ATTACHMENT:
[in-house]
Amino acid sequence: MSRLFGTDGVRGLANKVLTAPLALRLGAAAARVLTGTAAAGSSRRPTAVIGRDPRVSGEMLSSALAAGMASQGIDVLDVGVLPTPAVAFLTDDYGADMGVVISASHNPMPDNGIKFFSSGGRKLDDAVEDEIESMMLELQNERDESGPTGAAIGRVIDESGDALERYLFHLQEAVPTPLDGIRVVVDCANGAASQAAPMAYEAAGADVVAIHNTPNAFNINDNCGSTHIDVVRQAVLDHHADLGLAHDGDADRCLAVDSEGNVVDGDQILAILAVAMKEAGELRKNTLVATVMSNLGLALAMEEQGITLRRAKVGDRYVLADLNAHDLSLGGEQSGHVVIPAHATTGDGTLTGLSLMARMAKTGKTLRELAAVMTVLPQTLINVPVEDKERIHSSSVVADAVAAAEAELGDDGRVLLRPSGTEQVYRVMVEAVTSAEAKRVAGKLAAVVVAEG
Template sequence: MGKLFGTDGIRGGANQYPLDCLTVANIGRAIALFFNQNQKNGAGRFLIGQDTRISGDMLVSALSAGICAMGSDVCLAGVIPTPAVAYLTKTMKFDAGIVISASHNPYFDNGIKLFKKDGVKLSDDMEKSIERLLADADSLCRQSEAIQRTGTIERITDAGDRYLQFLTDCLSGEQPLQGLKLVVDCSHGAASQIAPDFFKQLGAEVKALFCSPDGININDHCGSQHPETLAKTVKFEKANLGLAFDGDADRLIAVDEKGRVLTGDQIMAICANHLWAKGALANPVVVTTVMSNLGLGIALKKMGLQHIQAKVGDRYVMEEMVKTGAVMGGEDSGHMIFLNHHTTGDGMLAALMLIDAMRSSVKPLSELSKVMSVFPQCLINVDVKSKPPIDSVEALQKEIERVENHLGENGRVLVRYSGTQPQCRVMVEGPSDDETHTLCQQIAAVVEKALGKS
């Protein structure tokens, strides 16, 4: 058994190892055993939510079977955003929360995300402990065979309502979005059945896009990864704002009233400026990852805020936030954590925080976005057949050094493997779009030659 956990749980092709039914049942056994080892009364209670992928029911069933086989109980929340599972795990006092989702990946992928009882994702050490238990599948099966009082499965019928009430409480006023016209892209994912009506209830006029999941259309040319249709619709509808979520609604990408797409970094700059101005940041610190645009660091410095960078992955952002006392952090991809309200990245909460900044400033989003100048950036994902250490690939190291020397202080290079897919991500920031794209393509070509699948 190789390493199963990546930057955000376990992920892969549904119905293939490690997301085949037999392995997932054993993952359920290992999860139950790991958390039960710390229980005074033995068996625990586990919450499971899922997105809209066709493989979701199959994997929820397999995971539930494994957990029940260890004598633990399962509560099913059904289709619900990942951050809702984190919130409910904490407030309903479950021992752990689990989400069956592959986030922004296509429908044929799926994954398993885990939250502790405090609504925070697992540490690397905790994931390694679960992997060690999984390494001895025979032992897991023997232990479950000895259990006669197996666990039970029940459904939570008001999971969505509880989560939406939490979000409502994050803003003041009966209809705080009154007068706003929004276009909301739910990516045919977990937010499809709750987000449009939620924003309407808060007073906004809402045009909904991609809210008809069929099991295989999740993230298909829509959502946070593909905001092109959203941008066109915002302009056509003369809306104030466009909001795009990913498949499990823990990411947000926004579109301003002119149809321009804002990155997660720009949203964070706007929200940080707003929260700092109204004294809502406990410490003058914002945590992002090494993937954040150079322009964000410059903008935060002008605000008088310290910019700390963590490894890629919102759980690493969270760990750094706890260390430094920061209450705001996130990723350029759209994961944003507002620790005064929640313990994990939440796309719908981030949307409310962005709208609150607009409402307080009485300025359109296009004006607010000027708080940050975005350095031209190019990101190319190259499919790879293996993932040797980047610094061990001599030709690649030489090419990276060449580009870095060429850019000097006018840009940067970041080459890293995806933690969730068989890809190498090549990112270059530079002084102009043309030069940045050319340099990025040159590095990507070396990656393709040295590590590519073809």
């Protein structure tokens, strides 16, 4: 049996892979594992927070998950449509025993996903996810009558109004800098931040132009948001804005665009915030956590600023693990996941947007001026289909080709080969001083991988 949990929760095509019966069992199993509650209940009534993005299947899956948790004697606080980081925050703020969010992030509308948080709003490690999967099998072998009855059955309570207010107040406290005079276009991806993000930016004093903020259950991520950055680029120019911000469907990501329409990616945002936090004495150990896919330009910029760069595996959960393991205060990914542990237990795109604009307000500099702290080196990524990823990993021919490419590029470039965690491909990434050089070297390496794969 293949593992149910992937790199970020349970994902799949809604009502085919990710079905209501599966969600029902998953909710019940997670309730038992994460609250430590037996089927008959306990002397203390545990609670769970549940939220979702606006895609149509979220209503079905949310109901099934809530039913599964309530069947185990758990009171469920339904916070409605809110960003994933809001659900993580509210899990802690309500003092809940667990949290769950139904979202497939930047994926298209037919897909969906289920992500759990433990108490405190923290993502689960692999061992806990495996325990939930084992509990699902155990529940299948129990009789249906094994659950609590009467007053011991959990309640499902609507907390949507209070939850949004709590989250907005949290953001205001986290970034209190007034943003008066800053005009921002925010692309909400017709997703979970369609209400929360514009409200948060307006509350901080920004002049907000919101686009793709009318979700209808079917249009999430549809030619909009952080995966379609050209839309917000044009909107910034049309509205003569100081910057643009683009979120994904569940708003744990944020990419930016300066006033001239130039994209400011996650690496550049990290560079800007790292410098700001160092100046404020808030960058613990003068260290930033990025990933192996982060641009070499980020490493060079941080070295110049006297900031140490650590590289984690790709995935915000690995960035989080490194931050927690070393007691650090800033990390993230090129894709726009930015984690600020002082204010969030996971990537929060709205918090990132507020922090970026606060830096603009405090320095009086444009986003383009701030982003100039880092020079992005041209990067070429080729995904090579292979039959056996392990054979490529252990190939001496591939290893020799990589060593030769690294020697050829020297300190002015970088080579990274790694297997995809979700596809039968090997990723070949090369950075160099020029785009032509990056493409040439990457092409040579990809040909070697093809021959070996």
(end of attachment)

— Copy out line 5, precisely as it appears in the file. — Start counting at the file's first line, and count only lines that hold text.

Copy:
């Protein structure tokens, strides 16, 4: 049996892979594992927070998950449509025993996903996810009558109004800098931040132009948001804005665009915030956590600023693990996941947007001026289909080709080969001083991988 949990929760095509019966069992199993509650209940009534993005299947899956948790004697606080980081925050703020969010992030509308948080709003490690999967099998072998009855059955309570207010107040406290005079276009991806993000930016004093903020259950991520950055680029120019911000469907990501329409990616945002936090004495150990896919330009910029760069595996959960393991205060990914542990237990795109604009307000500099702290080196990524990823990993021919490419590029470039965690491909990434050089070297390496794969 293949593992149910992937790199970020349970994902799949809604009502085919990710079905209501599966969600029902998953909710019940997670309730038992994460609250430590037996089927008959306990002397203390545990609670769970549940939220979702606006895609149509979220209503079905949310109901099934809530039913599964309530069947185990758990009171469920339904916070409605809110960003994933809001659900993580509210899990802690309500003092809940667990949290769950139904979202497939930047994926298209037919897909969906289920992500759990433990108490405190923290993502689960692999061992806990495996325990939930084992509990699902155990529940299948129990009789249906094994659950609590009467007053011991959990309640499902609507907390949507209070939850949004709590989250907005949290953001205001986290970034209190007034943003008066800053005009921002925010692309909400017709997703979970369609209400929360514009409200948060307006509350901080920004002049907000919101686009793709009318979700209808079917249009999430549809030619909009952080995966379609050209839309917000044009909107910034049309509205003569100081910057643009683009979120994904569940708003744990944020990419930016300066006033001239130039994209400011996650690496550049990290560079800007790292410098700001160092100046404020808030960058613990003068260290930033990025990933192996982060641009070499980020490493060079941080070295110049006297900031140490650590590289984690790709995935915000690995960035989080490194931050927690070393007691650090800033990390993230090129894709726009930015984690600020002082204010969030996971990537929060709205918090990132507020922090970026606060830096603009405090320095009086444009986003383009701030982003100039880092020079992005041209990067070429080729995904090579292979039959056996392990054979490529252990190939001496591939290893020799990589060593030769690294020697050829020297300190002015970088080579990274790694297997995809979700596809039968090997990723070949090369950075160099020029785009032509990056493409040439990457092409040579990809040909070697093809021959070996």